Keeping an Eye on COVID-19
Studies show ocular surface a potential portal of entry for COVID-19 virus. Roibeard Ó hÉineacháin reports
The question of whether the eye can be the route of entry for SARS-CoV-2, the virus that causes COVID- 19, remains controversial. However, recent research shows ocular surfaces, particularly the conjunctiva, are susceptible to SARS-CoV-2 infection.
A study presented at the 2021 ARVO virtual conference showed the angiotensin-converting enzyme 2 (ACE2) receptor and the transmembrane protease (TMPRSS2) that enable cells to become infected with SARS-CoV-2 virus were present in conjunctival and corneal tissues in post-mortem human eyes and surgical specimens.
“Our key findings were that both ACE2-receptor and TMPPRS2 were prominently expressed in conjunctiva, limbus, and cornea, especially on the surface cells. Together with other studies, our findings highlight the importance of safety guidelines, including eye protection and ocular contact precautions, in preventing the spread of COVID-19,” said Elia J. Duh MD, Wilmer Eye Institute, Johns Hopkins School of Medicine, Baltimore, Maryland, USA.
Previous evidence suggesting the eye could serve as a portal of entry for the SARS-CoV-2 virus in the human body includes the conjunctival abnormalities reported in some patients with COVID- 19 and the detection of SARS-CoV-2 in ocular surface specimens. In addition, epidemiological studies suggest goggles and face shields can help reduce virus transmission in high-risk settings.
To determine the presence of ACE2 and TMPRSS2 on the ocular surface, Dr Duh and his associates analysed post-mortem human eyes as well as surgical specimens of conjunctival and corneal tissue and human corneal epithelial lysates using immunohistochemistry and immunoblot assays.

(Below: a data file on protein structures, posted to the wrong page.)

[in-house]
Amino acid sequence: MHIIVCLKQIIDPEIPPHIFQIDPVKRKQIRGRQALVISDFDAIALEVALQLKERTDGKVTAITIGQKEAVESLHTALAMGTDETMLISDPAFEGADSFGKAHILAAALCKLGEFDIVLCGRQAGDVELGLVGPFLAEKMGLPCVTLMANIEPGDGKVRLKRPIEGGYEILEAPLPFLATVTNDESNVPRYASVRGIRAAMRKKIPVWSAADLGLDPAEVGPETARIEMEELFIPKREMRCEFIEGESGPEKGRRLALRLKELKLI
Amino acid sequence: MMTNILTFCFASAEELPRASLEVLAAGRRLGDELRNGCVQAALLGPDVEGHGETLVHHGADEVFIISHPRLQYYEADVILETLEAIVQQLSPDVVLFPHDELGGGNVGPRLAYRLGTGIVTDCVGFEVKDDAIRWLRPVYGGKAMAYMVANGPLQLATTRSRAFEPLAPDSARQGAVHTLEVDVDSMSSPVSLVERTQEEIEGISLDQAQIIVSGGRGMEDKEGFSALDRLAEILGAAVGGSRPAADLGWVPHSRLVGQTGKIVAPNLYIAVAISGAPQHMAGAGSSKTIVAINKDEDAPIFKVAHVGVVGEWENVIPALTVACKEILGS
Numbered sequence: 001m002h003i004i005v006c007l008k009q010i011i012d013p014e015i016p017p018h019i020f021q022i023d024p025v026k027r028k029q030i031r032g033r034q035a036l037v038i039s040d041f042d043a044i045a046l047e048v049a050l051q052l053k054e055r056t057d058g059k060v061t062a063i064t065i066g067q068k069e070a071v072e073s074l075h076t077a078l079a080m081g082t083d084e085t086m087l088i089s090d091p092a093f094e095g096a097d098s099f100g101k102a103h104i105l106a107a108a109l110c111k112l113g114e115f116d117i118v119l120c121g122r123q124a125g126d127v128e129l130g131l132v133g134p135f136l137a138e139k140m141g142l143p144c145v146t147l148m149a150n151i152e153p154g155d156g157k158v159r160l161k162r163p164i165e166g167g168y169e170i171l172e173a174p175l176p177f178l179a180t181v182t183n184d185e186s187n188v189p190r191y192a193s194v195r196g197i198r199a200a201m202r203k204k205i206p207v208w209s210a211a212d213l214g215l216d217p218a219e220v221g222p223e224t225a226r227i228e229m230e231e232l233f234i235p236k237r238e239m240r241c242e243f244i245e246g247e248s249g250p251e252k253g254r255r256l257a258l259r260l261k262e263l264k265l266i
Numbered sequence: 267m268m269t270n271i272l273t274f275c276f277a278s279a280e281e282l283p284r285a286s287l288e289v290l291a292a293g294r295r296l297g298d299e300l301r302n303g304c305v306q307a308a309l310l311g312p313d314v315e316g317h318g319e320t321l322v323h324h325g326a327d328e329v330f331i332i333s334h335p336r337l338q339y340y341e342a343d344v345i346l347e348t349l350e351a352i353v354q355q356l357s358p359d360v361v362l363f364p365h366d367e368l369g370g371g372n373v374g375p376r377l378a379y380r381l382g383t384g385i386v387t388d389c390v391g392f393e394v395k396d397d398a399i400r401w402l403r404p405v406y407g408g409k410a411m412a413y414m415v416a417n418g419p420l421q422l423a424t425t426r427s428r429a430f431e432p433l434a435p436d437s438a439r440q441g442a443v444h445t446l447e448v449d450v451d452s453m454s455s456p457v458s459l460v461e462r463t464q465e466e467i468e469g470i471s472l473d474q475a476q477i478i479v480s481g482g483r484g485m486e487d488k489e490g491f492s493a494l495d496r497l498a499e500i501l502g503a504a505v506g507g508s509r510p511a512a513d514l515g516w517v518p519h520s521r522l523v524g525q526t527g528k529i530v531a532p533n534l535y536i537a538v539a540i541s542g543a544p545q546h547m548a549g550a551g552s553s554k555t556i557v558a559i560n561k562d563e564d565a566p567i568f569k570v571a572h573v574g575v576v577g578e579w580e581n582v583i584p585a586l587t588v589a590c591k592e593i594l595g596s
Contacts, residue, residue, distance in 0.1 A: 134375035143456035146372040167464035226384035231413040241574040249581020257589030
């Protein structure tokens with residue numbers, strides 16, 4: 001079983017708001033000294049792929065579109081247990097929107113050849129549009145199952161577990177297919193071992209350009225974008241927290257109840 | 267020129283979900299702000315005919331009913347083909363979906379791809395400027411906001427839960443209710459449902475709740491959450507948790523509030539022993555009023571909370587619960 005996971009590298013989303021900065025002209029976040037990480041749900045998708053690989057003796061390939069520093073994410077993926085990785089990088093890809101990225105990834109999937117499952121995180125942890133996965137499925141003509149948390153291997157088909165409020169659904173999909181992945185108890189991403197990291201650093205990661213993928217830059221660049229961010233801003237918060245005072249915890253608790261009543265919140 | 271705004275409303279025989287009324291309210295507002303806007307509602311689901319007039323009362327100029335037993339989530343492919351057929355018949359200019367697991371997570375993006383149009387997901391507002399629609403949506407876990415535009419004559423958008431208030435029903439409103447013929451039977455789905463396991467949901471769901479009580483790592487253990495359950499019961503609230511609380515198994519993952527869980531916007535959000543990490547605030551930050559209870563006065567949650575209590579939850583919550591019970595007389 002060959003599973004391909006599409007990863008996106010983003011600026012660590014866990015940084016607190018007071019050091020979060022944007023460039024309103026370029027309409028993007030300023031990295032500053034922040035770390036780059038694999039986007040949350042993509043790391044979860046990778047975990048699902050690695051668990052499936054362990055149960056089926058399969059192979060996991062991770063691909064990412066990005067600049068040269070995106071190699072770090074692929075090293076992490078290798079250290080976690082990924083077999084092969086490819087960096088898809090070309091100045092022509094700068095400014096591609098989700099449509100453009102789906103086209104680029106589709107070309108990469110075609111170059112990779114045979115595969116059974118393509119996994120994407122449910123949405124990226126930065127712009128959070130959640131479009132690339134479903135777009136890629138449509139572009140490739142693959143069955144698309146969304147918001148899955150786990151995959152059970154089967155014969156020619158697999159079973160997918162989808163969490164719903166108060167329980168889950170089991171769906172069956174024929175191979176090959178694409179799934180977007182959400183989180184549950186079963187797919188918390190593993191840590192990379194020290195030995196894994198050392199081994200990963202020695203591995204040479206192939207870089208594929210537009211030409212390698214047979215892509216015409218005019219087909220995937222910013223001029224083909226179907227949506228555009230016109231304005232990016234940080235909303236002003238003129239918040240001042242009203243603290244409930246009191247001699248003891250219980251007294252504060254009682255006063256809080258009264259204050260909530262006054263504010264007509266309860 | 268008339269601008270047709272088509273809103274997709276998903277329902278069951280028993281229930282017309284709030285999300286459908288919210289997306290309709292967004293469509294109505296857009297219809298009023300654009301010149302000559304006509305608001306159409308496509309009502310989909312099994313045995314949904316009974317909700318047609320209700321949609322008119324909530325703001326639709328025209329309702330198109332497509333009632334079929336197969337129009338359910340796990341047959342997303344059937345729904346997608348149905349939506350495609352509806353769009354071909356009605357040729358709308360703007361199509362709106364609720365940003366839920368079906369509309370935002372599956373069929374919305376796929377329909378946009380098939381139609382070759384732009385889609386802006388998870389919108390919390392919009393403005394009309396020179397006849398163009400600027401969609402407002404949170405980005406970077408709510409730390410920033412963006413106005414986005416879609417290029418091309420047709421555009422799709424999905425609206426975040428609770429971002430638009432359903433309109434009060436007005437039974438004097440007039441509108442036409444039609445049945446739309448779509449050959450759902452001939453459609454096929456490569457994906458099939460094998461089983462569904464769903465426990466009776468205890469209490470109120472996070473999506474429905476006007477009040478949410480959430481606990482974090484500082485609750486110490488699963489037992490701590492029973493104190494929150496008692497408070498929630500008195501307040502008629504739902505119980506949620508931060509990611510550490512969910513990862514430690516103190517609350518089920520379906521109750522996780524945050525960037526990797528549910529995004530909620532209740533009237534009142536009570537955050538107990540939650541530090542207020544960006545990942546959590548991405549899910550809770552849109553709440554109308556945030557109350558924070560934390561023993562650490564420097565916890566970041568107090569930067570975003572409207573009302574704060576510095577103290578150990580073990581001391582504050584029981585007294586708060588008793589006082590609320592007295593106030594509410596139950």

Western blotting showed ACE2 and TMPRSS2 were both expressed in corneal epithelial lysates. Immunohistochemical staining for ACE2 receptors was mild to moderate in the corneal epithelial cells, but prominent staining was especially prominent in the superficial epithelial limbus cells. There was also positive staining for ACE2 receptors in the conjunctival cells, particularly in the superficial epithelial cells. Goblet cells had largely negative staining.
In addition, there was strong staining for TMPRSS2 in both the corneal epithelium and endothelium. There was intense staining for TMPRSS2 in the multilayered epithelium throughout the entire conjunctival epithelial layer and in the limbus.
OCULAR SURFACE CELLS INFECTED IN LAB
The intercellular environment of some ocular surface cells appears to be conducive to viral replication under laboratory conditions, reported Timothy Blenkinsop PhD, Department of Ophthalmology, Icahn School of Medicine at Mount Sinai, New York, USA, in a separate presentation.
He noted that in a series of post-mortem eyes of COVID-19 patients, immunohistochemical staining showed the presence of SARS-CoV-2 in the corneal and limbal tissues. However, this still did not show whether the cells were infected by aerosols or a result of systemic infection reaching the eye.
To explore that question, his team exposed cultured cornea limbus and sclera cells to the virus. They found evidence of viral replication and RNA sequencing showed signs of SARS-CoV-2 present in all three cell types—most pronounced in the limbal cells. In addition, they also found the infected limbal cells exhibited the same gene expression as those associated with SARS-CoV-2 infection—such as upregulated gene expression of TNF-α signalling via NF-кB—and an interferon-gamma response.
They found similar results using a whole eye stem cell model of eye development that includes many cell types of the eye, such as the cornea, the limbus, the lens, the retina, the RPE, and the CNS. Their research showed that ocular surface cells accounted for 90% of those infected with an area of limbus carrying the bulk of the infection. Gene expression changes found by way of single-cell RNA sequencing demonstrated increased expression of TNF-α compared to less infected cells from the stem cell whole eye model and uninfected colonies. Infected cells also exhibited lower expression of interferon-gamma pathway genes compared to uninfected colonies.
“Together, these data suggest the human eye can be directly infected by SARS-CoV-2 and implicates limbal cells as an alternative portal for viral entry,” Dr Blenkinsop said.
Professor Elia J. Duh: eDuh@jhmi.edu
Timothy Blenkinsop: firstname.lastname@example.org